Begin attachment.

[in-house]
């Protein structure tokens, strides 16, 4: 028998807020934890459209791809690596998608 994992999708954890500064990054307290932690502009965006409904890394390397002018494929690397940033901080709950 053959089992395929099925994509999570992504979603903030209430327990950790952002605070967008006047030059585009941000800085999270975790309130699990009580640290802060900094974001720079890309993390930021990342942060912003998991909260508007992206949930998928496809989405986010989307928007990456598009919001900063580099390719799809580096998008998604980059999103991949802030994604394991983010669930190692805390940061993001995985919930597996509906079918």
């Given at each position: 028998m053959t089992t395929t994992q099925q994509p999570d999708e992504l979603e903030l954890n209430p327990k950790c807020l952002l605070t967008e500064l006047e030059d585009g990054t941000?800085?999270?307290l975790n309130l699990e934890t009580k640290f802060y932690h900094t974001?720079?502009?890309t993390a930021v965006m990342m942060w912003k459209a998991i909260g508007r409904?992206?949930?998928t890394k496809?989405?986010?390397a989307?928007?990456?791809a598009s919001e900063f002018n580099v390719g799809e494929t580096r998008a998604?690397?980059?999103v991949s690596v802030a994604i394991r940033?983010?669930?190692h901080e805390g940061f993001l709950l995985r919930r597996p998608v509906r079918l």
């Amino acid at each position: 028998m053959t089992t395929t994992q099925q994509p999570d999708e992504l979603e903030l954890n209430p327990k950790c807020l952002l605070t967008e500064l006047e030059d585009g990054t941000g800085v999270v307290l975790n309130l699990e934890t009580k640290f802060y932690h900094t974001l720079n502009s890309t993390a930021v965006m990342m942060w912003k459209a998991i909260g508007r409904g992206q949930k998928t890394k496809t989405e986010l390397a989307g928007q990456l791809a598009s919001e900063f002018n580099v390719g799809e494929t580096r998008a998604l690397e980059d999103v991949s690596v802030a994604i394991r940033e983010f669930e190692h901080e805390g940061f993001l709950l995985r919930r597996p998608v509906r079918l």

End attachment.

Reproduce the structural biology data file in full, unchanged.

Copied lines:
[in-house]
């Protein structure tokens, strides 16, 4: 028998807020934890459209791809690596998608 994992999708954890500064990054307290932690502009965006409904890394390397002018494929690397940033901080709950 053959089992395929099925994509999570992504979603903030209430327990950790952002605070967008006047030059585009941000800085999270975790309130699990009580640290802060900094974001720079890309993390930021990342942060912003998991909260508007992206949930998928496809989405986010989307928007990456598009919001900063580099390719799809580096998008998604980059999103991949802030994604394991983010669930190692805390940061993001995985919930597996509906079918």
């Given at each position: 028998m053959t089992t395929t994992q099925q994509p999570d999708e992504l979603e903030l954890n209430p327990k950790c807020l952002l605070t967008e500064l006047e030059d585009g990054t941000?800085?999270?307290l975790n309130l699990e934890t009580k640290f802060y932690h900094t974001?720079?502009?890309t993390a930021v965006m990342m942060w912003k459209a998991i909260g508007r409904?992206?949930?998928t890394k496809?989405?986010?390397a989307?928007?990456?791809a598009s919001e900063f002018n580099v390719g799809e494929t580096r998008a998604?690397?980059?999103v991949s690596v802030a994604i394991r940033?983010?669930?190692h901080e805390g940061f993001l709950l995985r919930r597996p998608v509906r079918l």
């Amino acid at each position: 028998m053959t089992t395929t994992q099925q994509p999570d999708e992504l979603e903030l954890n209430p327990k950790c807020l952002l605070t967008e500064l006047e030059d585009g990054t941000g800085v999270v307290l975790n309130l699990e934890t009580k640290f802060y932690h900094t974001l720079n502009s890309t993390a930021v965006m990342m942060w912003k459209a998991i909260g508007r409904g992206q949930k998928t890394k496809t989405e986010l390397a989307g928007q990456l791809a598009s919001e900063f002018n580099v390719g799809e494929t580096r998008a998604l690397e980059d999103v991949s690596v802030a994604i394991r940033e983010f669930e190692h901080e805390g940061f993001l709950l995985r919930r597996p998608v509906r079918l």